Virginia Theological Seminary
Central Plant and Site Hydronic Piping
The Central Plant and Site Hydronic Piping project can be defined by three main parts: Central Plant, Site Hydronic Piping, and Building Tie-Ins. The Central Plant portion of the project consists of a 4,034 SF addition to the existing Maintenance Shop and includes the installation of four (4) boilers, two (2) chillers, three (3) cooling towers, and associated pumps and piping. It also includes office space, file room, and conference room. The Site Hydronic Piping portion of the project is a four pipe system consisting of ~10,000 LF of hot and chilled water piping ranging from 1-1/2" to 10" in size, in ~2,100 LF of trench connecting the new Central Plant to ten (10) campus buildings. The Building Tie-in portion of the project consists of stubbing the four pipe system into ten (10) campus buildings. The scope of the work inside each building ranges from just stubbing the four pipes inside the basement wall for future connection to demolishing the existing steam to hot water converters, boilers, chillers, cooling towers, pumps, and piping in order to connect the new four pipes to the building distribution pipes. While this project is not a USGBC LEED project, sustainable design practices were employed and include a green roof and green screen around the cooling towers. Challenges: There are two main challenges for this project. The first is the new site hydronic piping parallels and zigzags across the main campus drive, which runs through the heart of the campus. This will severely affect the Seminary's operations from a pedestrian and vehicular standpoint since the Seminary operates seven days a week. The second main challenge is performing the tie-in work in the existing buildings. Several of the existing buildings date back to the mid-late 1800's, so their basements and/or crawl spaces are extremely small and already tightly constrained by existing infrastructure. Many of the foundation walls (exterior and interior) are constructed of four masonry wythes further restricting available space and necessitating a very high degree of as-building and construction coordination in order to install the new four hydronic pipes.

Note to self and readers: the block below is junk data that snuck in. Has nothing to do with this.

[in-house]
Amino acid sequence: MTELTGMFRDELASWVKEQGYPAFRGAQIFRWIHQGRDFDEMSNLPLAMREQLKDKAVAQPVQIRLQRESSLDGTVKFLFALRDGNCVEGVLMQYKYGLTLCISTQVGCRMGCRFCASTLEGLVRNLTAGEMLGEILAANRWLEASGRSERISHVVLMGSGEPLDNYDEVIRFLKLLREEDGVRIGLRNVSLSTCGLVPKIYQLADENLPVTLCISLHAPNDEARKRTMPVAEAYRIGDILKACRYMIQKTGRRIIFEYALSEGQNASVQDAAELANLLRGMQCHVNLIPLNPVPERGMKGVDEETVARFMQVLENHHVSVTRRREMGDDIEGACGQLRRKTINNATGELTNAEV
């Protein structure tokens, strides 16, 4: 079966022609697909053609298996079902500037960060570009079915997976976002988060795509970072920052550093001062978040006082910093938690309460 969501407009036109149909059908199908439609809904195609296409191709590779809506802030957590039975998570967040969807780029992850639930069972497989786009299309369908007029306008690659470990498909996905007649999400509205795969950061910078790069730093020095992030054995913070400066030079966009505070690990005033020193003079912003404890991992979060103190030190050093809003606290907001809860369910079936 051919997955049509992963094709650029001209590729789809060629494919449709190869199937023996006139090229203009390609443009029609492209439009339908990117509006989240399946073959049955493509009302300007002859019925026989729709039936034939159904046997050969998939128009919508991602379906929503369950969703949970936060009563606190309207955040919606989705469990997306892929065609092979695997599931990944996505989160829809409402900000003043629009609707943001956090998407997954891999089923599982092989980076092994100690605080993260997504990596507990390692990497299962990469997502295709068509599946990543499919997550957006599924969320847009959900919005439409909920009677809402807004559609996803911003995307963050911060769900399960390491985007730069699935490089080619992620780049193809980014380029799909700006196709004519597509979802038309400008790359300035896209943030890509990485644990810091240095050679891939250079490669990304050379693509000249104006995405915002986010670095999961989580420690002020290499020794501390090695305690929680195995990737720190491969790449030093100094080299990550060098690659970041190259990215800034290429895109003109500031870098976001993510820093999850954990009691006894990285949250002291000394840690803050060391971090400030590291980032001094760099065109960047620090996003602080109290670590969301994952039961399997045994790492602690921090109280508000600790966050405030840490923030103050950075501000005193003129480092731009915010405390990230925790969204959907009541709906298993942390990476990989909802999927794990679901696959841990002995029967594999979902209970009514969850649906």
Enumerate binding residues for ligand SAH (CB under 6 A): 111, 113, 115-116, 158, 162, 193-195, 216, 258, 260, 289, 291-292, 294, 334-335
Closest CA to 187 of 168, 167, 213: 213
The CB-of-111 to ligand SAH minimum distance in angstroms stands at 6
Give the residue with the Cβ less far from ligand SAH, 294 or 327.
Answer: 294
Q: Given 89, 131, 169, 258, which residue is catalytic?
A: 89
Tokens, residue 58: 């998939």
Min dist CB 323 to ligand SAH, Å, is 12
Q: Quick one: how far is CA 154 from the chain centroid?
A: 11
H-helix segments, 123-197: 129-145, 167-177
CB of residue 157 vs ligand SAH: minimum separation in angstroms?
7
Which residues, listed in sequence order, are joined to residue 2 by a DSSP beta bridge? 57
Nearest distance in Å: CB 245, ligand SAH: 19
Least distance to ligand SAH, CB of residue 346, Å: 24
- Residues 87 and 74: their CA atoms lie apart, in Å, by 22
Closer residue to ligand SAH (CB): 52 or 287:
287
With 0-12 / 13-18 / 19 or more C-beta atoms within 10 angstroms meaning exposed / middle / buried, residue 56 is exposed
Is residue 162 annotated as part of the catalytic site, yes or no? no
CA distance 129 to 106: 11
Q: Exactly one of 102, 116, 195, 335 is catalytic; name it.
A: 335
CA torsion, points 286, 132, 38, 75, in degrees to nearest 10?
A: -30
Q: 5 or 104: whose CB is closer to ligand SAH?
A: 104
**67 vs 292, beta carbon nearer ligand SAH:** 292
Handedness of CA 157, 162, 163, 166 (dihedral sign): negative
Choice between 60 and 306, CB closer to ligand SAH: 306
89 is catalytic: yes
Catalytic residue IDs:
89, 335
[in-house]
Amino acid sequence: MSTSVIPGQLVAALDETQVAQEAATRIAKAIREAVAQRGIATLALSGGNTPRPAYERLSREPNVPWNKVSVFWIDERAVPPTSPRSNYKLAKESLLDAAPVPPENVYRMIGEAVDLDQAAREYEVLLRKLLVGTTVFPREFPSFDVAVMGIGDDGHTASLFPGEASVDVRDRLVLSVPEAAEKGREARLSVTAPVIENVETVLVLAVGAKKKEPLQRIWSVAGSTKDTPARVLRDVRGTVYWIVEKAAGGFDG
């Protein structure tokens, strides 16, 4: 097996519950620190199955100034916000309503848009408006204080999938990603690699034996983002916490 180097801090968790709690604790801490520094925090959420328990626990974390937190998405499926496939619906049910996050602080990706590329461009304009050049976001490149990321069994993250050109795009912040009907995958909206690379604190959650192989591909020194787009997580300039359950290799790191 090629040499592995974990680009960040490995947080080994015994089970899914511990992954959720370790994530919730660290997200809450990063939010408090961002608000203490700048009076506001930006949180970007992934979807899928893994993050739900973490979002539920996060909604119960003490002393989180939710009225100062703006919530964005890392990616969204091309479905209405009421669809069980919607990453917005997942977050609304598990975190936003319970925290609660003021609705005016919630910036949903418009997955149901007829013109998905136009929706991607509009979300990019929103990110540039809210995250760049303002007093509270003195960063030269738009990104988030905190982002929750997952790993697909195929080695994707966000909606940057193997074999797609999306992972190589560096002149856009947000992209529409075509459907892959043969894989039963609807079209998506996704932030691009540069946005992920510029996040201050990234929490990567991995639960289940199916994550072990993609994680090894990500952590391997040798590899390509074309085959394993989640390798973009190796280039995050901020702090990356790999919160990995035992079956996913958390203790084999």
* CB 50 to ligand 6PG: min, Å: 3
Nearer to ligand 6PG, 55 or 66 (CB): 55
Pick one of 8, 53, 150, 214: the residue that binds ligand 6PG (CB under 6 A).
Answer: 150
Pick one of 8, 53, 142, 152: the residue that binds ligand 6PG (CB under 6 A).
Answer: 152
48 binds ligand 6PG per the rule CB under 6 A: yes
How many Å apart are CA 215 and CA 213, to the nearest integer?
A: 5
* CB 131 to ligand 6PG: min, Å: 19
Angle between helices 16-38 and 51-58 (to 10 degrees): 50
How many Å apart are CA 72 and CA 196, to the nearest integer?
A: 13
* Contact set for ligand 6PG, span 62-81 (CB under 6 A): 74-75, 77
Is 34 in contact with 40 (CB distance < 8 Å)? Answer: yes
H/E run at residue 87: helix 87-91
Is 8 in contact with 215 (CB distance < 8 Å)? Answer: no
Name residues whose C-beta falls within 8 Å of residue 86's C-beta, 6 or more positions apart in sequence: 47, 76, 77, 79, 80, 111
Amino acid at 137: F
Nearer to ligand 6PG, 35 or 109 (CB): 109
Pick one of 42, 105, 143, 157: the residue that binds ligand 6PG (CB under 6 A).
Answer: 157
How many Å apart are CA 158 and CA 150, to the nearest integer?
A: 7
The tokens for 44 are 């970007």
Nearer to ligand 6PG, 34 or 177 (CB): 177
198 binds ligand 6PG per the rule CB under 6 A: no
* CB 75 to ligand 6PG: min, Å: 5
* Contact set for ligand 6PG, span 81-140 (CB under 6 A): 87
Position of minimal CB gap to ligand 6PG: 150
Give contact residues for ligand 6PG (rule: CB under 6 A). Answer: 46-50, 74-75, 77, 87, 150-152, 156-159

"There have been many moments when I have been conscious of your expertise keeping the whole project on track."– The Very Rev Ian Markham, Dean and President, Virginia Theological Seminary